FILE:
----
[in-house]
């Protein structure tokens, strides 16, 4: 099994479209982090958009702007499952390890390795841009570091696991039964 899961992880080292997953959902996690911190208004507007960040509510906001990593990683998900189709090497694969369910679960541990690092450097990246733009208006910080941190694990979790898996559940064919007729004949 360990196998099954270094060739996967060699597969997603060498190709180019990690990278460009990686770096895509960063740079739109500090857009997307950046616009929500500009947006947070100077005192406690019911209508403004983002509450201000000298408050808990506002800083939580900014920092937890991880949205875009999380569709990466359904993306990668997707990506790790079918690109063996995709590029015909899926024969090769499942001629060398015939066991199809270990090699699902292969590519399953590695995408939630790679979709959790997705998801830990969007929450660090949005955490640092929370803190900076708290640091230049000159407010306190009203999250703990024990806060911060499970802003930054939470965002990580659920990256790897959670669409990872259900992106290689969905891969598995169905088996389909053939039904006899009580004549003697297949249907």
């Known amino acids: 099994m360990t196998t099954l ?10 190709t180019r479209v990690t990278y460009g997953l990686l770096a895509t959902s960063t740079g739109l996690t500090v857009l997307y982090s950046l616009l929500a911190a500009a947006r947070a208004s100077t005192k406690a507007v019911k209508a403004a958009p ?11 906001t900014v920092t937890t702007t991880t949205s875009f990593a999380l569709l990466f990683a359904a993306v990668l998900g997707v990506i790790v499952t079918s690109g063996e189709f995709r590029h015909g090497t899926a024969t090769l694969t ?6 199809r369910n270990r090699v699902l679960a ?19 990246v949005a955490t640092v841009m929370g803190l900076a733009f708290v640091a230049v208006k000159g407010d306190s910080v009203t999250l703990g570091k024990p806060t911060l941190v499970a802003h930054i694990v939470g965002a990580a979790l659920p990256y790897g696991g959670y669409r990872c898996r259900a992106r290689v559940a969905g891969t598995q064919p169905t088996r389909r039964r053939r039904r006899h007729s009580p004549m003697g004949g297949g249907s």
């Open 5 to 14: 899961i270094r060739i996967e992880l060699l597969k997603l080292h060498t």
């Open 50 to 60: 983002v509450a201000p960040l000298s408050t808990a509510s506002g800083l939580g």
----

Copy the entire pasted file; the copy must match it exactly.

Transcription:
[in-house]
């Protein structure tokens, strides 16, 4: 099994479209982090958009702007499952390890390795841009570091696991039964 899961992880080292997953959902996690911190208004507007960040509510906001990593990683998900189709090497694969369910679960541990690092450097990246733009208006910080941190694990979790898996559940064919007729004949 360990196998099954270094060739996967060699597969997603060498190709180019990690990278460009990686770096895509960063740079739109500090857009997307950046616009929500500009947006947070100077005192406690019911209508403004983002509450201000000298408050808990506002800083939580900014920092937890991880949205875009999380569709990466359904993306990668997707990506790790079918690109063996995709590029015909899926024969090769499942001629060398015939066991199809270990090699699902292969590519399953590695995408939630790679979709959790997705998801830990969007929450660090949005955490640092929370803190900076708290640091230049000159407010306190009203999250703990024990806060911060499970802003930054939470965002990580659920990256790897959670669409990872259900992106290689969905891969598995169905088996389909053939039904006899009580004549003697297949249907």
């Known amino acids: 099994m360990t196998t099954l ?10 190709t180019r479209v990690t990278y460009g997953l990686l770096a895509t959902s960063t740079g739109l996690t500090v857009l997307y982090s950046l616009l929500a911190a500009a947006r947070a208004s100077t005192k406690a507007v019911k209508a403004a958009p ?11 906001t900014v920092t937890t702007t991880t949205s875009f990593a999380l569709l990466f990683a359904a993306v990668l998900g997707v990506i790790v499952t079918s690109g063996e189709f995709r590029h015909g090497t899926a024969t090769l694969t ?6 199809r369910n270990r090699v699902l679960a ?19 990246v949005a955490t640092v841009m929370g803190l900076a733009f708290v640091a230049v208006k000159g407010d306190s910080v009203t999250l703990g570091k024990p806060t911060l941190v499970a802003h930054i694990v939470g965002a990580a979790l659920p990256y790897g696991g959670y669409r990872c898996r259900a992106r290689v559940a969905g891969t598995q064919p169905t088996r389909r039964r053939r039904r006899h007729s009580p004549m003697g004949g297949g249907s």
């Open 5 to 14: 899961i270094r060739i996967e992880l060699l597969k997603l080292h060498t």
């Open 50 to 60: 983002v509450a201000p960040l000298s408050t808990a509510s506002g800083l939580g």